Weekend

cute little chick


Coop Girl Hattie

the supervisors - Oliver and Emerson

tomatoes are ripening


blueberries are almost blue

cukes!

more cukes are coming




Why is it that weekends always fly by?  It just doesn't seem fair, does it?

Despite the fact that it was much too short, we were blessed with wonderful weather.  I had the Farmer's Market Saturday morning and while I was there J picked 13 pounds of blueberries.  Yum!  So today I am making jam and pies for dessert now and later in the freezer.

Just a quick update on our soap business for those of you not following us on Facebook.  We are currently undergoing a very slight name change from Cobble Hill Farm Handcrafted Soap to Cobble Hill Farm Apothecary.  Why?  We are expanding the line!!  Yes, we will be launching a line of facial and shaving products after the first of the year and I'm experimenting with a few other things.  We won't be taking away any of our current products - only adding!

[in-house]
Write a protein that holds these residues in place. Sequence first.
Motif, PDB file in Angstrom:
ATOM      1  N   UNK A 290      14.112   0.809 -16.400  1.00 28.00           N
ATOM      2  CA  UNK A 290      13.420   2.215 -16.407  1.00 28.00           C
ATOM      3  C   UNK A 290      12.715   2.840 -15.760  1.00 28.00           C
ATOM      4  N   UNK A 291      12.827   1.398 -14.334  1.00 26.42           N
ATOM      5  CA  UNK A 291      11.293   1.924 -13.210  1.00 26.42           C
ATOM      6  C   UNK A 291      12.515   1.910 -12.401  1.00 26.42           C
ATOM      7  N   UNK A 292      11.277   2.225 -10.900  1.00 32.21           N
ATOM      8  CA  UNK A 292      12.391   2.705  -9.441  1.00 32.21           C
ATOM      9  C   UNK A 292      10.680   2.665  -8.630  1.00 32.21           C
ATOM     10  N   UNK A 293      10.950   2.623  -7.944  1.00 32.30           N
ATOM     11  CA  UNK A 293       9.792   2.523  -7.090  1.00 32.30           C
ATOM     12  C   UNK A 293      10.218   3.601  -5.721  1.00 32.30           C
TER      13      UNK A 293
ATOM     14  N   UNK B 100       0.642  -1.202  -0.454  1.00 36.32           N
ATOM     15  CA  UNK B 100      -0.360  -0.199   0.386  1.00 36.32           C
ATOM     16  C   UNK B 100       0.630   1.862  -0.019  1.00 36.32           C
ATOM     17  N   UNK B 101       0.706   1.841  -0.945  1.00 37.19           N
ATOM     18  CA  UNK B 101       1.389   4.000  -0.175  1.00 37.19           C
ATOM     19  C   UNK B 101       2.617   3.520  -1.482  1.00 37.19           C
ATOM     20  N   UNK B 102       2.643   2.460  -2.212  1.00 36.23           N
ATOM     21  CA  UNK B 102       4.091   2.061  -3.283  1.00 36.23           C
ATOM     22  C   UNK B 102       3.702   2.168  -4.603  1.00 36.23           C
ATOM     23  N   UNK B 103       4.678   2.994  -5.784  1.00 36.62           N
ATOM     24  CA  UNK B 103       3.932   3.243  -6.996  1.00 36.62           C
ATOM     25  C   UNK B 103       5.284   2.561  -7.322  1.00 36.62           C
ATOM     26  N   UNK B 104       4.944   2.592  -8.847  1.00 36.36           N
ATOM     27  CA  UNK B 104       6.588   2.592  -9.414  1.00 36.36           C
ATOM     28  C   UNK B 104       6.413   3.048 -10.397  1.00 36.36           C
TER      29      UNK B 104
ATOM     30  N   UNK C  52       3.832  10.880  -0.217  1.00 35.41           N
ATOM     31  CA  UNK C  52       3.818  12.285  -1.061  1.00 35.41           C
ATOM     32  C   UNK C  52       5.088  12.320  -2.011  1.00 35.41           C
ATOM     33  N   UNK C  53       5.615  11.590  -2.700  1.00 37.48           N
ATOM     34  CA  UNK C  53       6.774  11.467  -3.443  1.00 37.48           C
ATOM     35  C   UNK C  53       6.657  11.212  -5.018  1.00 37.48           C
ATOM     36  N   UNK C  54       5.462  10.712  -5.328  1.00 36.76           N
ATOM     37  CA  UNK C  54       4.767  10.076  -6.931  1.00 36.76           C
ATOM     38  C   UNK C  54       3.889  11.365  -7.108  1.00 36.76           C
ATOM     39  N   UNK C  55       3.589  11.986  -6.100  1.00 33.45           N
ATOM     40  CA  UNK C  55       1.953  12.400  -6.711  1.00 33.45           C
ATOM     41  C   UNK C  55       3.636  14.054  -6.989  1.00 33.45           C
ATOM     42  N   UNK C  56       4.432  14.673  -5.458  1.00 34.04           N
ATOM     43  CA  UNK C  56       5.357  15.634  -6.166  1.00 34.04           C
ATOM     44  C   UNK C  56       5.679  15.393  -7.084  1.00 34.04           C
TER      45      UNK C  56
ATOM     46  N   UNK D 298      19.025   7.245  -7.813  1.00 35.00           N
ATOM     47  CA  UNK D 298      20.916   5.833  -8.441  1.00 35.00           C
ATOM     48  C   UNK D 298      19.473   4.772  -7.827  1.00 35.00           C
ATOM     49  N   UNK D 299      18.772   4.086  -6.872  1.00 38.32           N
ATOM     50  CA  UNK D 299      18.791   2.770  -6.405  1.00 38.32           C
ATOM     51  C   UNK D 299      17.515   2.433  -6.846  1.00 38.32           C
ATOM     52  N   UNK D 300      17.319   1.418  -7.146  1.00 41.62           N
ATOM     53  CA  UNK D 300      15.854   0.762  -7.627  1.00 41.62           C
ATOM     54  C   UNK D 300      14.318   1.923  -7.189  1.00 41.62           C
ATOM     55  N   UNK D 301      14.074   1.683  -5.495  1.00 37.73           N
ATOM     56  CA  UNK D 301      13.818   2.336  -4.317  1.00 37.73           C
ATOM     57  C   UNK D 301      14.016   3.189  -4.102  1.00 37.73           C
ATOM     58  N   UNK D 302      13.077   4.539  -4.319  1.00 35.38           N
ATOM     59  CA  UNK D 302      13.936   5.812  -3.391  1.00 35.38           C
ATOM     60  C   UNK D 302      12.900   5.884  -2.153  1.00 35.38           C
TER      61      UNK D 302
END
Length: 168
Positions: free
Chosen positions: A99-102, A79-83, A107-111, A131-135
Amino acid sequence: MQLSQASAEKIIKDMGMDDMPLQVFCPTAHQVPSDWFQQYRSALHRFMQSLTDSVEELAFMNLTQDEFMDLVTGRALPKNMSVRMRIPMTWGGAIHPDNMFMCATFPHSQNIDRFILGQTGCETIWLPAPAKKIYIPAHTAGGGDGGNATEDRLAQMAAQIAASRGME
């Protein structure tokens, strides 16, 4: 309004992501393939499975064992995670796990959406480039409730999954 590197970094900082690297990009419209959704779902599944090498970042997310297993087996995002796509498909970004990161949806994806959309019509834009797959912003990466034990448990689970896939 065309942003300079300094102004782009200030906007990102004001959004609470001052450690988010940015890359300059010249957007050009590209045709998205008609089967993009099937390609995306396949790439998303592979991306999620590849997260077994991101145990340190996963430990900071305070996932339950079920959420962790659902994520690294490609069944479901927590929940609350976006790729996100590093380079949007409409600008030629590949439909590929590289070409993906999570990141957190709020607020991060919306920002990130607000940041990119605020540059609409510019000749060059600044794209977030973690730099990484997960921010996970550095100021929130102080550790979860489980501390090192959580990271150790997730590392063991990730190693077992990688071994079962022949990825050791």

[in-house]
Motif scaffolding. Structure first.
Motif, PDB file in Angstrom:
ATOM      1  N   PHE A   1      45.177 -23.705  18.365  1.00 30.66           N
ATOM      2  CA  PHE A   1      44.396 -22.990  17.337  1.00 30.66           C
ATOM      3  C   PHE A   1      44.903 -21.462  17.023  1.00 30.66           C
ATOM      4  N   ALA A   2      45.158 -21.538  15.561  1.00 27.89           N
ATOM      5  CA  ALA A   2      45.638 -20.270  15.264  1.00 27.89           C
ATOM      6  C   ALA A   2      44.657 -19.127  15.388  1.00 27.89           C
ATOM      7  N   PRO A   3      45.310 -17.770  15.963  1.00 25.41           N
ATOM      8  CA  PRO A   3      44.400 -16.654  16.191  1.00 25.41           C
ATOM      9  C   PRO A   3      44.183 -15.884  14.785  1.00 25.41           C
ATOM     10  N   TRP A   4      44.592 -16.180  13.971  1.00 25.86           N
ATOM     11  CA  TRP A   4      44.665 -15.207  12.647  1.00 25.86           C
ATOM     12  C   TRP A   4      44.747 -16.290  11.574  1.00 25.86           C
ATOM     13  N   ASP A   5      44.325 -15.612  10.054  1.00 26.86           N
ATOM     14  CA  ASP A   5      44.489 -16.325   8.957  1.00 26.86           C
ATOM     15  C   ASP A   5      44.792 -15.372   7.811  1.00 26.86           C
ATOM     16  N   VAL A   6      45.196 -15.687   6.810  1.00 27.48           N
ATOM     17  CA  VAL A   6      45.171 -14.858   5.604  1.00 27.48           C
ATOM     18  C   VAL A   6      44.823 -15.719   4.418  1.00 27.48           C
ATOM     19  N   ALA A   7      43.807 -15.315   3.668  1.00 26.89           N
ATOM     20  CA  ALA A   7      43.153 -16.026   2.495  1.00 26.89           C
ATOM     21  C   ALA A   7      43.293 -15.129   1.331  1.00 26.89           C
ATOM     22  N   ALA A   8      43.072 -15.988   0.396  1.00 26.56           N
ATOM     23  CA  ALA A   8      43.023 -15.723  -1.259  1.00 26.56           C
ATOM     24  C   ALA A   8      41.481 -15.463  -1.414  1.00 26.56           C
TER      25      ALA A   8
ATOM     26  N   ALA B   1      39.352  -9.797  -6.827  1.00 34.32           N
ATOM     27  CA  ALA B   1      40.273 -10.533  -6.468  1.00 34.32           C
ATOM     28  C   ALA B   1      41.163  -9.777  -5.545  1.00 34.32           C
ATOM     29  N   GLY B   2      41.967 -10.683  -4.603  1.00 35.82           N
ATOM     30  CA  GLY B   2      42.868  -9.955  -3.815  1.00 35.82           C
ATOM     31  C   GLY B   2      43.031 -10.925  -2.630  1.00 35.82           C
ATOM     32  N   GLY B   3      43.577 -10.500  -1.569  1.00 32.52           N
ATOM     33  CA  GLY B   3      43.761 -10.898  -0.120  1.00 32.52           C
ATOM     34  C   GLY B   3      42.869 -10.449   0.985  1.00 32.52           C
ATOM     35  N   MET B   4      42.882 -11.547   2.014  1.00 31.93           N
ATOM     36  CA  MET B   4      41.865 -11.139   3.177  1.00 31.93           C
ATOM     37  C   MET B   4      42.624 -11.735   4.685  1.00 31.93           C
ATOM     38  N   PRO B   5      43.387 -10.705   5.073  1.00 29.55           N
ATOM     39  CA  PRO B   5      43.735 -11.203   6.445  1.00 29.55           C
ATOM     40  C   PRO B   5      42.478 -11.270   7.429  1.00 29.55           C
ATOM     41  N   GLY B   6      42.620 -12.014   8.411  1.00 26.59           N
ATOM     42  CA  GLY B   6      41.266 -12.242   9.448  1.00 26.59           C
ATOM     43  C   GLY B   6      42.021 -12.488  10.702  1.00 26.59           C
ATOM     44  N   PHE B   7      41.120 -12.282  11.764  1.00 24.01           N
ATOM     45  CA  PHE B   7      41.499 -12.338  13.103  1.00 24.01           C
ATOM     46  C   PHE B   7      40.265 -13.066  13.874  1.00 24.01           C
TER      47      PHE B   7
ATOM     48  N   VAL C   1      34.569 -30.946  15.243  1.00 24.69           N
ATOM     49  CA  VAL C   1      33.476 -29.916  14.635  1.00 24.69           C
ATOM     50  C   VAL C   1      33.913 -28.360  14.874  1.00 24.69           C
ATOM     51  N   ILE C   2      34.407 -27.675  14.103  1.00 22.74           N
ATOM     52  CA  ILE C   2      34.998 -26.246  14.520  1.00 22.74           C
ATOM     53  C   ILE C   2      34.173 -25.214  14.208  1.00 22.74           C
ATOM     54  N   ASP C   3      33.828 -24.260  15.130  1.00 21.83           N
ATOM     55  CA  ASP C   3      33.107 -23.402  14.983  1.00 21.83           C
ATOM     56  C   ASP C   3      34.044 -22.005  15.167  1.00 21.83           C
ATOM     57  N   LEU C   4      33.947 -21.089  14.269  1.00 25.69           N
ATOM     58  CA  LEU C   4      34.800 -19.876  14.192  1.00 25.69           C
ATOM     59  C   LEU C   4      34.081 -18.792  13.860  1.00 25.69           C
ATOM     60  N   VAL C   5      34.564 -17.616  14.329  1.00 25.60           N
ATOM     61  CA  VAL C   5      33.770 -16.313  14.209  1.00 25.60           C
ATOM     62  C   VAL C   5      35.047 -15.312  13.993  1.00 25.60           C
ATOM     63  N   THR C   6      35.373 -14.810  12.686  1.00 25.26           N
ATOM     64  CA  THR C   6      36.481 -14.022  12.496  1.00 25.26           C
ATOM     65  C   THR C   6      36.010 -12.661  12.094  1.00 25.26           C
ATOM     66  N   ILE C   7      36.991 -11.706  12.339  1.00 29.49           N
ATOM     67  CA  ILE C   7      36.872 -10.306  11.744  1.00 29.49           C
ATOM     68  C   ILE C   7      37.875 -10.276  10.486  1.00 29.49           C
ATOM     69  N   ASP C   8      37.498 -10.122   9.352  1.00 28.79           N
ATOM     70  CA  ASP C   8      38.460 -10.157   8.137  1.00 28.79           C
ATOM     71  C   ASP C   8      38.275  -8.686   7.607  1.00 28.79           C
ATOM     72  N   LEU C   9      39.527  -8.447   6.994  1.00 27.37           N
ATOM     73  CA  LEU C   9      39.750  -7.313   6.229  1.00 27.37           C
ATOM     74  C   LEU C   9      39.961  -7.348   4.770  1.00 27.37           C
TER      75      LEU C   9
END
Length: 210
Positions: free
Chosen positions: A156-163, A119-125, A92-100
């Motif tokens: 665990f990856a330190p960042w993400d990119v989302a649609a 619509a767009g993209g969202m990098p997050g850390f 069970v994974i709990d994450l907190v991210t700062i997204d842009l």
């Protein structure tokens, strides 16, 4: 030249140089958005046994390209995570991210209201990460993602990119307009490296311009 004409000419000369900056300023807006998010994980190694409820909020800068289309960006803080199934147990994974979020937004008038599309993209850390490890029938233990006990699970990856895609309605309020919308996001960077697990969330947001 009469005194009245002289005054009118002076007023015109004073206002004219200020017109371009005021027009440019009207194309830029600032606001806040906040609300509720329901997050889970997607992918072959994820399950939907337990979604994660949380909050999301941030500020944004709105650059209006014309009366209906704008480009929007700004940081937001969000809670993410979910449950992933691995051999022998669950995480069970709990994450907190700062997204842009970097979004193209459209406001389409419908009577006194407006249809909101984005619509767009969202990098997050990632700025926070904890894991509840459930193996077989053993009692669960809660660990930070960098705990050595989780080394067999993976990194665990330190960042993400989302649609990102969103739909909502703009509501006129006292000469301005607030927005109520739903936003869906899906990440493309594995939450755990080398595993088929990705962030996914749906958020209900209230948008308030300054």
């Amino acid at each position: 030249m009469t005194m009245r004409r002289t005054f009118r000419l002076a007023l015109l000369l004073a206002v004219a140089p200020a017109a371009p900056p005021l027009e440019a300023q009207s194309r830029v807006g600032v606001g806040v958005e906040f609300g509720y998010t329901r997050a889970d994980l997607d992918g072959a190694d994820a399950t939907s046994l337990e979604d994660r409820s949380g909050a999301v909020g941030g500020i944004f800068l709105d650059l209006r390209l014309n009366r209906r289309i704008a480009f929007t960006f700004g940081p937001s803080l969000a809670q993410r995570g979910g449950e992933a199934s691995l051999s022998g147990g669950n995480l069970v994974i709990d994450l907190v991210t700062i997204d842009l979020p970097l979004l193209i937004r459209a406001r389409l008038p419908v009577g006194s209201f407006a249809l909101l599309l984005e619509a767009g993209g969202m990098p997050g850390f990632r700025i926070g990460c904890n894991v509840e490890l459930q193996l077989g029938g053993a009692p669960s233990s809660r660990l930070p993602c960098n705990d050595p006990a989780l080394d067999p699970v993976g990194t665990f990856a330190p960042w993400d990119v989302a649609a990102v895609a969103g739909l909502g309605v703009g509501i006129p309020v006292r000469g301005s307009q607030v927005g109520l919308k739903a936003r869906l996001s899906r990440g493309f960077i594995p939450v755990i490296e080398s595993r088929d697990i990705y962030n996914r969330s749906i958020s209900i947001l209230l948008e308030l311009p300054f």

My garden is producing quite the bounty that we are enjoying daily.  We are currently eating cukes {hoping to make pickles next weekend}, asparagus {still!}, scallions, lettuce, herbs, sugar snap peas, squash and we've just begun harvesting green beans, peppers and tomatoes.  The shelling peas and beets are getting close.  Our corn still has about another month to go so we've been buying a few ears at a local farm stand.  So good!